Pectoral Tumbaga 0 - 550 A.D. El Dragón, Calarcá, Quindío 23,4 x 25,7 cm

Tolima: People and Gold in the Magdalena Valley

In the hot mid-Magdalena valley and on the slopes of the central and eastern ranges in northern Huila and Tolima provinces, remains dating back 16,000 years have been found that were left by groups of hunters, fishermen and gatherers. Later, fish, lizards, crickets and fantastic beings in which features of various species were combined were cast in gold. Symmetrical pendants evoke man in different degrees of schematisation, while men, bats and feline figures merge in a continuous stream of transformations. In one breastplate found in Calarcá, Quindío, the human body is restricted to two dimensions but is set in multiple symmetries, the whole being brought to life by the shine and the skilful play of the decorative motifs. The backs of funeral chairs portray the human figure in schematised form, surrounded by amphibians and reptiles.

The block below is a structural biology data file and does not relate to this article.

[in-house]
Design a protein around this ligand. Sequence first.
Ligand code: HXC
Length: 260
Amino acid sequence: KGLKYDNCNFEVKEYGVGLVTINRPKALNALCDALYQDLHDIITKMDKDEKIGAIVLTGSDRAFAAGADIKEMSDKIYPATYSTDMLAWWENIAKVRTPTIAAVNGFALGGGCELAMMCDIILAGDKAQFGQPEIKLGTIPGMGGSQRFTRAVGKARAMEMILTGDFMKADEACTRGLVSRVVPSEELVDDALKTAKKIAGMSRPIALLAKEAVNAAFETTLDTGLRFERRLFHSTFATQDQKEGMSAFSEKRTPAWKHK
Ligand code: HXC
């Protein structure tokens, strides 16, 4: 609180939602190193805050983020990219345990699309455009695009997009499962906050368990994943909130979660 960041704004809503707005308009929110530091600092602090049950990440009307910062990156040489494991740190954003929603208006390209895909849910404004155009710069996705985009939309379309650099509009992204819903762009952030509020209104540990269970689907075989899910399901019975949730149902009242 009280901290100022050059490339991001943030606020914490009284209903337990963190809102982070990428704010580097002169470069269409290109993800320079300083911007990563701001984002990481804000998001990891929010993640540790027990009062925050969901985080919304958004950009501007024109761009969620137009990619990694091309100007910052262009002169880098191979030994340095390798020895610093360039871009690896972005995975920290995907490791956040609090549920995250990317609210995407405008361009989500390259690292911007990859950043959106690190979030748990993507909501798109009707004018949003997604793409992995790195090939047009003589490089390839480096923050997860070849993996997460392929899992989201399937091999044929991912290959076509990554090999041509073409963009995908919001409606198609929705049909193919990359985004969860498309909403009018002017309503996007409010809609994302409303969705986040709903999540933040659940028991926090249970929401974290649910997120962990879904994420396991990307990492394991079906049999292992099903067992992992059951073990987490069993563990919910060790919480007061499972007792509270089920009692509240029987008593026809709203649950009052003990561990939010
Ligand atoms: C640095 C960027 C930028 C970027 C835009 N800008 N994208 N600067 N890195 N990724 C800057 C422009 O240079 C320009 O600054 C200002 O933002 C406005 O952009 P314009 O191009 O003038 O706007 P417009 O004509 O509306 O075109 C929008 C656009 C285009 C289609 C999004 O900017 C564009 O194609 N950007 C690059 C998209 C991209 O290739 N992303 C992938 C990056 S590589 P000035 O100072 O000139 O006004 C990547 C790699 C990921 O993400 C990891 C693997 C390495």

A well tomb that was dug out in Suárez, Tolima, shows that gold was not the only symbol of power and hierarchy, as it contained objects made of shell and clay.

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Tolima and the Gold Museum Exhibition

Pottery on the Slopes of the Magdalena Valley.

Man and Bat

Funerary Urns and Secondary Burials